1963A.M. Louw20 Days 232He had called: ‘Sisi, I am a man without a home. May I come into your house to shelter from the rain?’
1963Wilson & MafejeLanga 88Sisi (from the Afrikaans — ‘sussie’) without any possessive pronoun, is in general use as a polite form of address by a woman to a senior contemporary. It is used by a bride, for all her sisters-in-law over puberty, replacing ‘mother-of-so-and-so’ in address..and in the country it is used by all unmarried girls in addressing young married women.
1973Drum 22 Sept. 63Why does this sisi sit like this when she sits for a photograph?
1976R.E. PeteniHill of Fools 14‘Why did those girls attack you, sisi?’ ‘I really don’t know.’
1979M. MatshobaCall Me Not a Man 111I approached the tiny woman...I immediately felt like offering her some kind of protection. ‘Er, sorry, sisi,’ I said to her.
1980M. Mzamane inM. MutloatseForced Landing 25‘I know you weren’t chasing me away, Sisi,’ I say, ‘but I was already on my way out.’
1982Drum July 114Soweto singer, Sophia Mgcina is said to be on the verge of cracking the international market. Sis Sophie..is now under the wings of Letta Mbulu and Miriam Makeba.
b.Offensive to many.Usually in the Englished forms sissie and sissy/ˈsɪsi/. Especially in the Eastern Cape: i.A term of address or reference to a black woman (often a domestic worker) whose name is unknown.ii.A common noun: a domestic worker.
Habitually used by students and schoolchildren in the Eastern Cape for domestic workers in universities and schools (the male equivalent being boetie, see boetie sense 4).
1971Poster, Rhodes Univ.We need you to teach Sissies and waiters to write.
1976Rhodeo (Rhodes Univ.) 29 Apr.Of the..black staff a Grahamstown psychologist says the sissies have the roughest deal...Two daily free meals provided for sissies.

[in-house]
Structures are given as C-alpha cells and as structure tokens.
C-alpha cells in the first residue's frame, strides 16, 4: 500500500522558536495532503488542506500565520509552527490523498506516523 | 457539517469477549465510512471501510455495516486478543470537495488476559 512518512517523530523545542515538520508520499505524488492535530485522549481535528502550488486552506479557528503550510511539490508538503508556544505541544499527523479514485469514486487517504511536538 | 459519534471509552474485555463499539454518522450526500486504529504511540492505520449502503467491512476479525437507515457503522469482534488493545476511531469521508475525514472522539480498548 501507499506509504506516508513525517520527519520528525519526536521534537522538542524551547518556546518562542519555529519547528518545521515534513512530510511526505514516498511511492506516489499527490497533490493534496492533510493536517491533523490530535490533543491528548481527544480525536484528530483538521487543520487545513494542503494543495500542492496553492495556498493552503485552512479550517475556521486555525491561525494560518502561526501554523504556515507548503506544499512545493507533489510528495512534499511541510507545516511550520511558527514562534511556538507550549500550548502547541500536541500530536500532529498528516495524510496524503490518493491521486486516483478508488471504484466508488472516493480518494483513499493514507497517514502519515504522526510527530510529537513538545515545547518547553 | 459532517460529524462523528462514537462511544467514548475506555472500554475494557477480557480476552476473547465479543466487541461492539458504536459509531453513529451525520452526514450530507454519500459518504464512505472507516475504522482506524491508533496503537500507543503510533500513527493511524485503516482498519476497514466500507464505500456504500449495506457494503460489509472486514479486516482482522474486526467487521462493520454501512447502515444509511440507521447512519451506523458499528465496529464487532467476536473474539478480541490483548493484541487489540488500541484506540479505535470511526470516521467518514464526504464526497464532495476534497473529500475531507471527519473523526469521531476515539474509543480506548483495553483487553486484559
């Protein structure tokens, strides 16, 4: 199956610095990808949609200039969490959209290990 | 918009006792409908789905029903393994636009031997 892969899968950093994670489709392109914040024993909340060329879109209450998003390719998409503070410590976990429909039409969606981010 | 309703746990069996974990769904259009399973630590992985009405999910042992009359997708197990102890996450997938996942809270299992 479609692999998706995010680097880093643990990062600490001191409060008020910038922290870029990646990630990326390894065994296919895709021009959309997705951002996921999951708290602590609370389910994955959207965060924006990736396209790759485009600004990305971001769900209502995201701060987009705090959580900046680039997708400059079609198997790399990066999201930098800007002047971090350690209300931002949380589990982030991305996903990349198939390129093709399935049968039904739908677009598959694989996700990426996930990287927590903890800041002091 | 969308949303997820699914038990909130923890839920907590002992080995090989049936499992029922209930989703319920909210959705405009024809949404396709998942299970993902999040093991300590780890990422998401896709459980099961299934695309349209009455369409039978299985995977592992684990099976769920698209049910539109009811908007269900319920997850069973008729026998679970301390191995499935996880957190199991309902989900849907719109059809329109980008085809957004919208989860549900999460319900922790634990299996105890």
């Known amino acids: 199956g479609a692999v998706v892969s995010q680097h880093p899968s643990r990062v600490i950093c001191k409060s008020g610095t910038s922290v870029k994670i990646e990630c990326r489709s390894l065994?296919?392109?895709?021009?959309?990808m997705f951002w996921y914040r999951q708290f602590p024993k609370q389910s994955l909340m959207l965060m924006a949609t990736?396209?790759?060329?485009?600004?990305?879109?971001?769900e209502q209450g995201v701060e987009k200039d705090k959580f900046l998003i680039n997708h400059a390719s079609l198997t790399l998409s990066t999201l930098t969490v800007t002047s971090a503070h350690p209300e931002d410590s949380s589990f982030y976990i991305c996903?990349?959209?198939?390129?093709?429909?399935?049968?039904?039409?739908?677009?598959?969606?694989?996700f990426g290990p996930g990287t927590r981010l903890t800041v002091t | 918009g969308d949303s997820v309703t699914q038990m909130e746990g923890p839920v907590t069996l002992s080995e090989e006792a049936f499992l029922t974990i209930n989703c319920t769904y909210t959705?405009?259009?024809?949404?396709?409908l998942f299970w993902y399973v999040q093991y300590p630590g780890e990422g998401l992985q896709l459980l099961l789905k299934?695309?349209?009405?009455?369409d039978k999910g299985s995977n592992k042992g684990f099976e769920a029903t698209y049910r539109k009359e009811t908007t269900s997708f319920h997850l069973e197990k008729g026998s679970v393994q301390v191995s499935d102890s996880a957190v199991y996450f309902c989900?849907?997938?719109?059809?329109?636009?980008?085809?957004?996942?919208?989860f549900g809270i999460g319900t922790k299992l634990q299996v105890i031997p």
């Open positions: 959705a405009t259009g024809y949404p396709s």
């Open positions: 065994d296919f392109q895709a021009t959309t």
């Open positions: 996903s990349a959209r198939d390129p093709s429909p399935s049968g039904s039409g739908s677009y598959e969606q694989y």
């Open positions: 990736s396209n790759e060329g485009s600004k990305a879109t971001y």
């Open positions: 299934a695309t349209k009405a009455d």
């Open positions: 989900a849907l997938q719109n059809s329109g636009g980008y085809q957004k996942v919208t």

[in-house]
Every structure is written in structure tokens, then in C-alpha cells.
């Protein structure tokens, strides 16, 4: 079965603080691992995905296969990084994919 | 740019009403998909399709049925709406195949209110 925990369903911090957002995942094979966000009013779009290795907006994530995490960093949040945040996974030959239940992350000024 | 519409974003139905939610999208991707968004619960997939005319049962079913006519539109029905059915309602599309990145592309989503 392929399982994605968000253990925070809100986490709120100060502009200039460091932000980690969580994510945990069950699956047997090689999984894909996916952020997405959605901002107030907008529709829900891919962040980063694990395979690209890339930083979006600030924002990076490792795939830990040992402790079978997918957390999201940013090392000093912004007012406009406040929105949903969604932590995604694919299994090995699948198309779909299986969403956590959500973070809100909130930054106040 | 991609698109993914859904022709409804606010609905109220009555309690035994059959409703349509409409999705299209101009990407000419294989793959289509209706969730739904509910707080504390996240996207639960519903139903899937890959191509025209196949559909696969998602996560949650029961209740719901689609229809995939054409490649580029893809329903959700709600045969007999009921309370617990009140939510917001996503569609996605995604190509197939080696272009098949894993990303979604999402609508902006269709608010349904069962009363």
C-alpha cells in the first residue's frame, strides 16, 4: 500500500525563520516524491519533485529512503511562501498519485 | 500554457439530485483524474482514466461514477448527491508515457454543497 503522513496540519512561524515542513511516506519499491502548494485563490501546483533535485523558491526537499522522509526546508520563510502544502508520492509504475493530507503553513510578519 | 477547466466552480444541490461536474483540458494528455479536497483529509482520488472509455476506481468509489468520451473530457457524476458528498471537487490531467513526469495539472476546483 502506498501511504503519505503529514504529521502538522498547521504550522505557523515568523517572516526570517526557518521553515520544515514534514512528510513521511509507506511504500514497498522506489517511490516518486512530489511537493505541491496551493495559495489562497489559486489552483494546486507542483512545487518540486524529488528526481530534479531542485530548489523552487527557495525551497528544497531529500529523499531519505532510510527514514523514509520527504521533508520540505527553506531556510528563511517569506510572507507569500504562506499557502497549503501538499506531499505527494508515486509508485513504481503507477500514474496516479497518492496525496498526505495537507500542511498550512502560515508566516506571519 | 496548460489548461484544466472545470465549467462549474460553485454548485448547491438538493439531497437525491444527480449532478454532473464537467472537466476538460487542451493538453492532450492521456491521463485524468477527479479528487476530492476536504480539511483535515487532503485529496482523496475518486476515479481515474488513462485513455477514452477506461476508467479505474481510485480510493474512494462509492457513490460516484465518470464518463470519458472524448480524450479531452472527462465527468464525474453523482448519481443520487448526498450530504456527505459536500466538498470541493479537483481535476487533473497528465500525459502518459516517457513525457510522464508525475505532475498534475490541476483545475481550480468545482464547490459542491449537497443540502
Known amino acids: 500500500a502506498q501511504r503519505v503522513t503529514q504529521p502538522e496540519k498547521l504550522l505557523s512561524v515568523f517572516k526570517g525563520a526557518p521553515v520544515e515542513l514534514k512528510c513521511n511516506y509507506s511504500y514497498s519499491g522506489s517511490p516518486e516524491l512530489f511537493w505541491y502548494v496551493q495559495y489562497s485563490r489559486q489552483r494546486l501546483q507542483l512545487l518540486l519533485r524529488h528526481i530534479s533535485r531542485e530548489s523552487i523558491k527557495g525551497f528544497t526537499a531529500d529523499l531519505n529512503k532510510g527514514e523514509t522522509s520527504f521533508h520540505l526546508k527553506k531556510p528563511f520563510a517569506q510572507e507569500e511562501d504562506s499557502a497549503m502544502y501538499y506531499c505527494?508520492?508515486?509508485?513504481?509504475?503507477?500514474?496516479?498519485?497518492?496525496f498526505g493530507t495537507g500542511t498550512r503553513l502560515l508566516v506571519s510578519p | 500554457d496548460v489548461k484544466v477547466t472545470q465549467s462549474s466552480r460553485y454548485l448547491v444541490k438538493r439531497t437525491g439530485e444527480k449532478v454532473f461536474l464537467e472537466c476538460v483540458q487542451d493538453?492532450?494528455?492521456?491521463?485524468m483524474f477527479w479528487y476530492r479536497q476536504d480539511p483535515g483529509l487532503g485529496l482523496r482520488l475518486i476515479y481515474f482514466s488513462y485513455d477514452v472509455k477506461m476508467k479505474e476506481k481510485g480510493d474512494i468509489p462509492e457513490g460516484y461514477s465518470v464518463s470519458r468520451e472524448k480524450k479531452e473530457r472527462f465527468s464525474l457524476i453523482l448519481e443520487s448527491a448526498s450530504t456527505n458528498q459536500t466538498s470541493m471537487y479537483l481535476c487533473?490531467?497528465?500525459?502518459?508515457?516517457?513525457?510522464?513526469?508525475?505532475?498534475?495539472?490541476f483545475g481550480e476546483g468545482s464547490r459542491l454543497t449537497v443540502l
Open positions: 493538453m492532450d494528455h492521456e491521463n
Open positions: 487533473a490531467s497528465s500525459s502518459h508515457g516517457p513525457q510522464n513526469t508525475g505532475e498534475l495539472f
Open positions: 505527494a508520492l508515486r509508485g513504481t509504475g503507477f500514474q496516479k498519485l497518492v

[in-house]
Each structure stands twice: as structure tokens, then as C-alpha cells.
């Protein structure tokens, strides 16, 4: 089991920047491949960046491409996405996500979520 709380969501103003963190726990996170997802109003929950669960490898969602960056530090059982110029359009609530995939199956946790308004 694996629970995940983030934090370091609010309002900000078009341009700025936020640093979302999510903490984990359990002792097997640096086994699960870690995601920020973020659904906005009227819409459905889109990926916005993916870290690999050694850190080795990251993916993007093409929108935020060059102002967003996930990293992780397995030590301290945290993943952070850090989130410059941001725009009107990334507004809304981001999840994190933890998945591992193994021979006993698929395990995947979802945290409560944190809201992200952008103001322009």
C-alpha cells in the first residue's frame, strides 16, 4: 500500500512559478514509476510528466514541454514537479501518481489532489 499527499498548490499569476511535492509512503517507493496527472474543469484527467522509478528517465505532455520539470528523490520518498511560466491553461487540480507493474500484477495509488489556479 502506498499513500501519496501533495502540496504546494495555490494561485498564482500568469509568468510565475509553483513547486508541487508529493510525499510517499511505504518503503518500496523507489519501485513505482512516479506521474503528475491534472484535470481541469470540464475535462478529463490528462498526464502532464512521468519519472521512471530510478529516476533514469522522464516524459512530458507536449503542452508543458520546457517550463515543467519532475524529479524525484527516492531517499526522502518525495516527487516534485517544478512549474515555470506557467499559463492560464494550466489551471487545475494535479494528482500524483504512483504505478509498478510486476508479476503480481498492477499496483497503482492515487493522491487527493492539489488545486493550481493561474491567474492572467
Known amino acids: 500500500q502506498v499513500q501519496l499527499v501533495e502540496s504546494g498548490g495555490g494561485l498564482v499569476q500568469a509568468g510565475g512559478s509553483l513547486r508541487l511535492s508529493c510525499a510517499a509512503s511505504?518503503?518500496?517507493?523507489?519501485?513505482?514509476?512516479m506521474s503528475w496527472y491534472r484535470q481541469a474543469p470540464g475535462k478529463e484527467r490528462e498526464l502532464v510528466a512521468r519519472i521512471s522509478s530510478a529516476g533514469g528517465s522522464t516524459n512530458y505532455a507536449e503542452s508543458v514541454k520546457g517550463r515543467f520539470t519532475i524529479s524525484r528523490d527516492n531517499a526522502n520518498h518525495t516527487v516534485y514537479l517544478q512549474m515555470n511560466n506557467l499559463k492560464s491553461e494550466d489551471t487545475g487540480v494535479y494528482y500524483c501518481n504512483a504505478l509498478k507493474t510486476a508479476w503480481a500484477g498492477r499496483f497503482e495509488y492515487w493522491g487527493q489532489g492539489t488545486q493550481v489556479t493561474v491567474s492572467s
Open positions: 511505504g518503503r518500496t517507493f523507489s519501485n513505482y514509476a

1977Oppidan (Rhodes Univ.) JuneHe does not like the way students treat the waitresses. ‘There are continual screams of “sissie”, “sissie” at meals. They don’t even bother to find out the names.’
1979Daily Dispatch 23 Mar. (Indaba) 1The customer said she hated the way they were addressed by the woman, who refers to them as ‘sissie’.
1980J. CockMaids & Madams 94In Victorian England, servants were deliberately depersonalised and often called by standardised names...In the Eastern Cape black women are generally called ‘Sissy’, which indicates something of the same depersonalisation mechanism at work.
1981Rhodeo (Rhodes Univ.) MayOther matters are now being investigated: the diet of the ‘sissies’, the salaries of black workers.
1966C.A. SmithCommon Names 417Sissie, Several species of plants with umbellate or closely grouped flowers go by this vernacular name, which is perhaps a corruption of ‘sussie’ (little sister) in allusion to the groups of similar flowers. The various species are distinguished by some character or habitat prefix, e.g.: Adenandra fragrans, see klipkissie, a name sometimes also applied to Lachenalia tricolor..; Erica ampullacea, see flask heath; Rochea jasminea.
1984A. WannenburghNatural Wonder of Sn Afr. 76Sissies, a member of the Penaeceae family endemic to the south-western Cape, has an even more restricted distribution range as it occurs only in the Cape Peninsula.
A courteous form of address to a woman (see quotation 1963).
A title, used with a name.
A term of address or reference to a black woman (often a domestic worker) whose name is unknown.
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